It was the best of times, it was the worst of times, it was the age of wisdom, it was the age of foolishness : it was the summer of 1968. In Paris, the Sorbonne was under attack by riot police, in cities all over the world people marched against the war in Vietnam, and on Blackstone Edge we held a commemorative meeting. I remember how this curious gathering came about; I was at a Young Socialist meeting in Halifax and I suddenly said "what we need is an anniversary". The reference books were consulted and Blackstone Edge which is high on the moors between Halifax and Manchester was chosen. In 1846 the great Chartist leader, Ernest Jones, led an army of workers out of the mills of Lancashire and onto the high moors to meet up with their comrades from West Yorkshire. The Chartists were demanding votes for ordinary working people, the abolition of the Corn Laws and a host of other political reforms. At the gathering high on Blackstone Edge, Jones, who had the reputation of a fine poet and orator, addressed the meeting. He later wrote a song to commemorate the gathering:
O'er plains and cities far away
All lorn and lost the morning lay
When sank the sun at break of day
In smoke of mill and factory
But waved the wind on Blackstone Height
A standard of the broad sunlight
And sung that morn with trumpet might
A sounding song of liberty!
When a small band of Halifax socialists clambered back onto the moors at Blackstone Edge in 1968, the wind didn't wave nor was the sunlight broad. In fact the moors were smothered in a thick mist. But it takes more than a damp morning to postpone the revolution, so we took our banners and gathered at a spot close to the track of the old Roman road. That legendary local socialist, Tim Enright, read the speech that Ernest Jones had made 122 years before. Then we sang The Internationale and as we did so the mist miraculously lifted. And all of a sudden we noticed an elderly couple walking down the Roman road with their dog. It must have been strange for them, to be walking high on the moors, to hear singing, the mist to lift, and there before them is this strange group of left wing radicals gathered around a banner. In the best traditions of these parts, they didn't bat an eyelid. They merely looked up, nodded and said "nice morning for it"
A very civilized revolution! What a splendid post this is and how vividly you paint the picture of that day high on the moors when the spirit of revolution was in the air.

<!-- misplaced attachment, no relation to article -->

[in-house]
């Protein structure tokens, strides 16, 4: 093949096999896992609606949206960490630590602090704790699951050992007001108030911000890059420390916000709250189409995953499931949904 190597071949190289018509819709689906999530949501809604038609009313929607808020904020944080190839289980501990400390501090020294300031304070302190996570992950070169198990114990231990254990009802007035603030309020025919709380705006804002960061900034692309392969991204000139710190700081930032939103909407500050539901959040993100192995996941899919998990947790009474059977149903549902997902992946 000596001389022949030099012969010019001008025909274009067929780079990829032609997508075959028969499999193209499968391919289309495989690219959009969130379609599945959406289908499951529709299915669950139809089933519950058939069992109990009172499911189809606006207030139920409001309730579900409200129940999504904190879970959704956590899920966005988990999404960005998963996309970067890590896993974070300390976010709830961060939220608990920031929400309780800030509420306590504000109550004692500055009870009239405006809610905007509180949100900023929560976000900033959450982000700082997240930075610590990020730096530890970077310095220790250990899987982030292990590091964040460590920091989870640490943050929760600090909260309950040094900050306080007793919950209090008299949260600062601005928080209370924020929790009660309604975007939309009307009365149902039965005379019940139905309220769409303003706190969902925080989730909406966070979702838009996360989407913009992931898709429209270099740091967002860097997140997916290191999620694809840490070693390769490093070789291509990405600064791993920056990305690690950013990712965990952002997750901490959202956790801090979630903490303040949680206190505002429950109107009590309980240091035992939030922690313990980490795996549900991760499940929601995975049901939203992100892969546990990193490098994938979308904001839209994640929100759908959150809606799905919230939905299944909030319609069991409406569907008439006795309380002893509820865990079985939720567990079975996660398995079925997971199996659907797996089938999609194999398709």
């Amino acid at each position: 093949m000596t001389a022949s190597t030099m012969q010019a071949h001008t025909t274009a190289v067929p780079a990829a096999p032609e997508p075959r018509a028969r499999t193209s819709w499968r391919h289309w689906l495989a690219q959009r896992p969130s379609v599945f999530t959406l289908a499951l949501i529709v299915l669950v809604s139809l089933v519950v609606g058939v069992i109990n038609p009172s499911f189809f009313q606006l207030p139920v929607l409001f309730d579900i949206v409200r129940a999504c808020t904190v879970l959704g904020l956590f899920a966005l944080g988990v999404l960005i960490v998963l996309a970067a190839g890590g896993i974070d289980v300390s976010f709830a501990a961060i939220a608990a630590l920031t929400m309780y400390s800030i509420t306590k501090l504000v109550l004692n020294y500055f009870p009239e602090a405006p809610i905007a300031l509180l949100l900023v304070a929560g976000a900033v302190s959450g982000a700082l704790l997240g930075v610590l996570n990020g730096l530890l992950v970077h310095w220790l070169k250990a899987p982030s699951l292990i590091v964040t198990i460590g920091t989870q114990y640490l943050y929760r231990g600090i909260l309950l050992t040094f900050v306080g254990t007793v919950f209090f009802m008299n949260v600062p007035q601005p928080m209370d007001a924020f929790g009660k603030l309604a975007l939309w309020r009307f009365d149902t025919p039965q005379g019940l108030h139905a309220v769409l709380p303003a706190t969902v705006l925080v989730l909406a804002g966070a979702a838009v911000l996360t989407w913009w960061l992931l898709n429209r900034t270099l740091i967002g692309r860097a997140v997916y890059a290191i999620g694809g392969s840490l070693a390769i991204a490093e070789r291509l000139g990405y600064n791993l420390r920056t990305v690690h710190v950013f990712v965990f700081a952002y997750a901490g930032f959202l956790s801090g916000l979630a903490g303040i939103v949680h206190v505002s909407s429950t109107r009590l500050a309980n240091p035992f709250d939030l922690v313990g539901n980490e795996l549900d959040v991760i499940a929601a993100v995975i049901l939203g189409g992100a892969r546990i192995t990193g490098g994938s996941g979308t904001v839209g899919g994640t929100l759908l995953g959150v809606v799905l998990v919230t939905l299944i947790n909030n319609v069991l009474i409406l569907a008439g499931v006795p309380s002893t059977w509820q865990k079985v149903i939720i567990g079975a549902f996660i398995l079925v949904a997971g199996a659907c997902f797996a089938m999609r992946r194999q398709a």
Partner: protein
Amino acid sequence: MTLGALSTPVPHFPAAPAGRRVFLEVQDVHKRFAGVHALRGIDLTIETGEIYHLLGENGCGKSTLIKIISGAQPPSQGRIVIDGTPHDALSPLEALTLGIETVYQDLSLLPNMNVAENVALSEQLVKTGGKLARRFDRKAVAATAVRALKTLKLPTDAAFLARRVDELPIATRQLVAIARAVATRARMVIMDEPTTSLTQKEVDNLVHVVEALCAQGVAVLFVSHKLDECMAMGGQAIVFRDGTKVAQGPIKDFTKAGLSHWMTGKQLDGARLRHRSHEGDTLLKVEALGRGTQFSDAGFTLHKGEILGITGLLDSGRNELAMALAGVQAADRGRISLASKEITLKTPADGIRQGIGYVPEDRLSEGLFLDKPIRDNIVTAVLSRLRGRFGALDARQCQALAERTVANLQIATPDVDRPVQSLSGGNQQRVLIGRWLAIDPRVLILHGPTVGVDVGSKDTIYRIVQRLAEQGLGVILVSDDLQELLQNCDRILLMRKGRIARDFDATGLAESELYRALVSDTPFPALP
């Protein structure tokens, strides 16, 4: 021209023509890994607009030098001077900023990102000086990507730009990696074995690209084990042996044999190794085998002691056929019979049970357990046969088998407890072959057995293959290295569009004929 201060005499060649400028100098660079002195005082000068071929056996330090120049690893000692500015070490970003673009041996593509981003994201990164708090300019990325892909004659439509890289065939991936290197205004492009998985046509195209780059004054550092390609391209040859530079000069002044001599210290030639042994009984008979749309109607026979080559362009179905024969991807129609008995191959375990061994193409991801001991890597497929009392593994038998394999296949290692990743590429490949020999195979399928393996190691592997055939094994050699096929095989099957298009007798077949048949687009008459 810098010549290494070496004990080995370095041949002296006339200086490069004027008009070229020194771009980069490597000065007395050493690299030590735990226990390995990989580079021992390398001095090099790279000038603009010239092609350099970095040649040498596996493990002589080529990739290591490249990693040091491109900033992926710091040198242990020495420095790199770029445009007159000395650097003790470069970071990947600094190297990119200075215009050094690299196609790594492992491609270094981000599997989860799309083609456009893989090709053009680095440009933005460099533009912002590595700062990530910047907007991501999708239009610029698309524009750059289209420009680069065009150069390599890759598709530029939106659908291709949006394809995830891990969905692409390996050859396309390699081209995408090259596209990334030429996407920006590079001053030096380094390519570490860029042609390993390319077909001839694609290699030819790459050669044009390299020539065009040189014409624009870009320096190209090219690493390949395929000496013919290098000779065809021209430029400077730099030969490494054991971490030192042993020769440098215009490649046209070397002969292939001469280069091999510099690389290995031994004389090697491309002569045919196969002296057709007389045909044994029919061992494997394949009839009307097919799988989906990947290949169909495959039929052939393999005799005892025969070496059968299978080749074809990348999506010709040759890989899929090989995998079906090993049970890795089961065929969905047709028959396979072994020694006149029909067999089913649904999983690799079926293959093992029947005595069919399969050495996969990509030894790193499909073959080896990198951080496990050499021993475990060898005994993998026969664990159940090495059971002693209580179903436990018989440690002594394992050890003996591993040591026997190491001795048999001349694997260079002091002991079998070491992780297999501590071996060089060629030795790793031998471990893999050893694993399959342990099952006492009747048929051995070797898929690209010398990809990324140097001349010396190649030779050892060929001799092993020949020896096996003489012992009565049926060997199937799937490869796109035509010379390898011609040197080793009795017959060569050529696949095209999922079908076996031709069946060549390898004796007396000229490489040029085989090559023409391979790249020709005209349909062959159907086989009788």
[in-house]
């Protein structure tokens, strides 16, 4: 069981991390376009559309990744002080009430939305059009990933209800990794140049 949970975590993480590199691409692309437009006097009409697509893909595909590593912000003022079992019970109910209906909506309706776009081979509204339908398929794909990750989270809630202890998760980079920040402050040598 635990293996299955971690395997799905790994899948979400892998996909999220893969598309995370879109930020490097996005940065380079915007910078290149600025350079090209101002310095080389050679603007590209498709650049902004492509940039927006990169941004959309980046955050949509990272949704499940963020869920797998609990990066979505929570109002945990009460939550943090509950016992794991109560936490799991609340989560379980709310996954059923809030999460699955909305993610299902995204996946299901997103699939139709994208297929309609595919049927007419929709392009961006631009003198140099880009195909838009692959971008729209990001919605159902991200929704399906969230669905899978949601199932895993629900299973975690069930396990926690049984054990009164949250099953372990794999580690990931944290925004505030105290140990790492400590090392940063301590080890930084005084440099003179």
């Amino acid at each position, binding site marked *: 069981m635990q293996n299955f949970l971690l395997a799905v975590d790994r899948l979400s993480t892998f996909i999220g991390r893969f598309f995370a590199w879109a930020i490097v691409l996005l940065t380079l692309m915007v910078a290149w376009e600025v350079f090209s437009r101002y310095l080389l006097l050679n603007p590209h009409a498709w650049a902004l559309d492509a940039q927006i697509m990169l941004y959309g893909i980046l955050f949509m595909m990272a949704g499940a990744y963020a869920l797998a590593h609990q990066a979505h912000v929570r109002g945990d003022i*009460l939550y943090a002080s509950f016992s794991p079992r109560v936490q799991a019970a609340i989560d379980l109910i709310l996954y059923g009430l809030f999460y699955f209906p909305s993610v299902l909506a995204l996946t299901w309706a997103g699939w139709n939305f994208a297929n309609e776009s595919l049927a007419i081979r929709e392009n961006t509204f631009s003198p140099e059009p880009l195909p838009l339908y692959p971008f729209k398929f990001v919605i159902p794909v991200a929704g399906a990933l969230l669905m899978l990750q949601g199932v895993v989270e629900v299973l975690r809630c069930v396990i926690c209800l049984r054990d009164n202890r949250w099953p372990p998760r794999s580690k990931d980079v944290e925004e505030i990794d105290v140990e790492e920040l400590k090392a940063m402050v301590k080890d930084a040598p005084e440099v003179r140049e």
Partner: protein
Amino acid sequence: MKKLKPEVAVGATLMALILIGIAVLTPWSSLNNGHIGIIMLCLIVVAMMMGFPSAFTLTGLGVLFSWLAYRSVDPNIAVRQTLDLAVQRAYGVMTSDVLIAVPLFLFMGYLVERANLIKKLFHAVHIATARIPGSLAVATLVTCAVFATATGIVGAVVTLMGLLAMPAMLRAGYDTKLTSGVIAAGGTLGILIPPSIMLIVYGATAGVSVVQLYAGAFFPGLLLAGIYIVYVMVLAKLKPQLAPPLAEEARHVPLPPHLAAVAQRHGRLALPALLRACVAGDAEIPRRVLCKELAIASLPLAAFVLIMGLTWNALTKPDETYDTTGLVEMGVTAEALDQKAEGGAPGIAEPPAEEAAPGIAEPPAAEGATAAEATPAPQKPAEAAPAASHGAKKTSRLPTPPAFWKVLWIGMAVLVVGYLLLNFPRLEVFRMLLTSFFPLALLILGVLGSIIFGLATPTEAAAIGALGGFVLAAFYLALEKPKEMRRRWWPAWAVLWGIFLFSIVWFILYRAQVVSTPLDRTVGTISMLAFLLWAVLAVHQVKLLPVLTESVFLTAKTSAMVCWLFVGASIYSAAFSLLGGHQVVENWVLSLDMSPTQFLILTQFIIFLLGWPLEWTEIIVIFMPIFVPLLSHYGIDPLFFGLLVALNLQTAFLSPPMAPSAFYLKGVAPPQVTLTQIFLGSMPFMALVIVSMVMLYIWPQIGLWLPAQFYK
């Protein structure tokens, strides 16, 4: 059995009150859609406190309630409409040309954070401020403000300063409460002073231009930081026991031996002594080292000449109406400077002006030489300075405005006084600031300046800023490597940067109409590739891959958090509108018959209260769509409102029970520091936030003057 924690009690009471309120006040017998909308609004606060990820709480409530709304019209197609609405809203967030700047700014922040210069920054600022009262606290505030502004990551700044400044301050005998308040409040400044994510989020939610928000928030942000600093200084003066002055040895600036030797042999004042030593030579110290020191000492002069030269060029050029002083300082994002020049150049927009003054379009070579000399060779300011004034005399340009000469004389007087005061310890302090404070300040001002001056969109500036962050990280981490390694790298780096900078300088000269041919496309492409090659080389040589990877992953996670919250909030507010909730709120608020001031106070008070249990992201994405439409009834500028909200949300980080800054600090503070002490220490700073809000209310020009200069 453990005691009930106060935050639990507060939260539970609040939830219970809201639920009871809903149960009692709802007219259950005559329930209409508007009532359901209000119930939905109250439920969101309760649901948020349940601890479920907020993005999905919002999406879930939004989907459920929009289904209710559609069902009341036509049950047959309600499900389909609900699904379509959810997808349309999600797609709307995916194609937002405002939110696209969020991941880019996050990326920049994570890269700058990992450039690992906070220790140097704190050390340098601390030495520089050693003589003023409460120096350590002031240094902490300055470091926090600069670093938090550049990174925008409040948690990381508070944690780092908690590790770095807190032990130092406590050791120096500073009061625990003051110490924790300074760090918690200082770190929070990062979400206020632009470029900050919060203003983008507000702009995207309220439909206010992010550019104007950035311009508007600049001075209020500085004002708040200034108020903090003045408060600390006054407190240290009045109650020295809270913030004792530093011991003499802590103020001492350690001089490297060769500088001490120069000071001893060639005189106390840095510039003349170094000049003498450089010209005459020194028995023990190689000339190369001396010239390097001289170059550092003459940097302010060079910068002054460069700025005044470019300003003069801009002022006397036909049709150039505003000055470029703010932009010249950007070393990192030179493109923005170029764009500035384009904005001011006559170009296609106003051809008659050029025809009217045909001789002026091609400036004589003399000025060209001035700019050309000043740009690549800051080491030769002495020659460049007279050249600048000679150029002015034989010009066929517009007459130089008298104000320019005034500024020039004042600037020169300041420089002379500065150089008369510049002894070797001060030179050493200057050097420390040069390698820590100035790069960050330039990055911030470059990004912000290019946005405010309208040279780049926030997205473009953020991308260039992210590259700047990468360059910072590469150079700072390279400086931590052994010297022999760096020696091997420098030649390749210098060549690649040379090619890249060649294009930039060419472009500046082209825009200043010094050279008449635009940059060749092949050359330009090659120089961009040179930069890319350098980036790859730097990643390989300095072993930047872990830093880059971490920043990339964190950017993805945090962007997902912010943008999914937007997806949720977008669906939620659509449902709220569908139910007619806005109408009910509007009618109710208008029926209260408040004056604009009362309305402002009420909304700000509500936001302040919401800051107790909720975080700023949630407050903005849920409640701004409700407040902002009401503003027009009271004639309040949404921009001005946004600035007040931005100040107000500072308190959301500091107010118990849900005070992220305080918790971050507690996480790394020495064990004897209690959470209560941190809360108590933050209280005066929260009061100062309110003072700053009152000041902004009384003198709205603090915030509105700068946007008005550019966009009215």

Good Lord, I Love this post. You do, indeed, paint this picture perfectly. Some mighty fine wordsmithing going on here. And the photo is wonderful.ReplyDelete
One has to applaud people on a mission! Such a great photo! (and those who can weave a story so worth reading!ReplyDelete
You've awoken my O' Level History nightmare! 1848 is the date stuck in my head, though I remember very little else. Anniversaries are a good thing though as they help us to celebrate events; if celebrate is the right word for singing on the misty moors.ReplyDelete
nice picture Alan!!ReplyDelete
Hi Alan .. that was the sixties wasn't it - the weather was pretty grotty .. we came up to the Lake District as my mother's first husband's family was there ( he was killed early in the War) .. and I remember driving through the interminible Black Country ... we did come across the Yorkshire moors to see a friend of my father's ... but I can envision you and your mates being there .. good for you - and the couple must have been 'amused' ..ReplyDelete
Fun post - and great remembrances .. cheers Hilary
I warmed much more readily, to our revolutionaries, when they looked like this.ReplyDelete
Those were the days, my friend. I remember the summer of 1968. I was a senior and more than ready to be out of university. I'd marched in my last anti-war march in 1967 when the organizers of the pentagon march came on the loud speaker asking for bandages to treat those wounded in some altercation. I decided I didn't want to be part of any demonstrations where the organizers didn't even bring bandages when confronting the power of the pentagon.ReplyDelete
Those were the days indeed. I loved the bit about the couple out walking. Such a British reaction!ReplyDelete
Why am I not surprised by your involvement in radical left wing socialism? (Good for you!!)ReplyDelete
I am much amused by the reaction of the dog-walking couple :)
What a great event! There's a film or a story in there. "The Andes of England" as Daniel Defoe described Blackstone Edge. Been there many times, often carrying on South, over the M62 footbridge to Windy HIll and beyond...ReplyDelete
I was 10 in 1968 so sort of missed out on it.
Youth!! Apparently you were not radical enough to disturb their walk:)ReplyDelete
What a delightful story, & delightfully told!ReplyDelete
Lovely story. The Chartists continue to be remembered up on Blackstone Edge, via the annual Blackstone Edge GatheringReplyDelete
Brilliant!although.......maybe the "elderly couple" were undercover MI5?ReplyDelete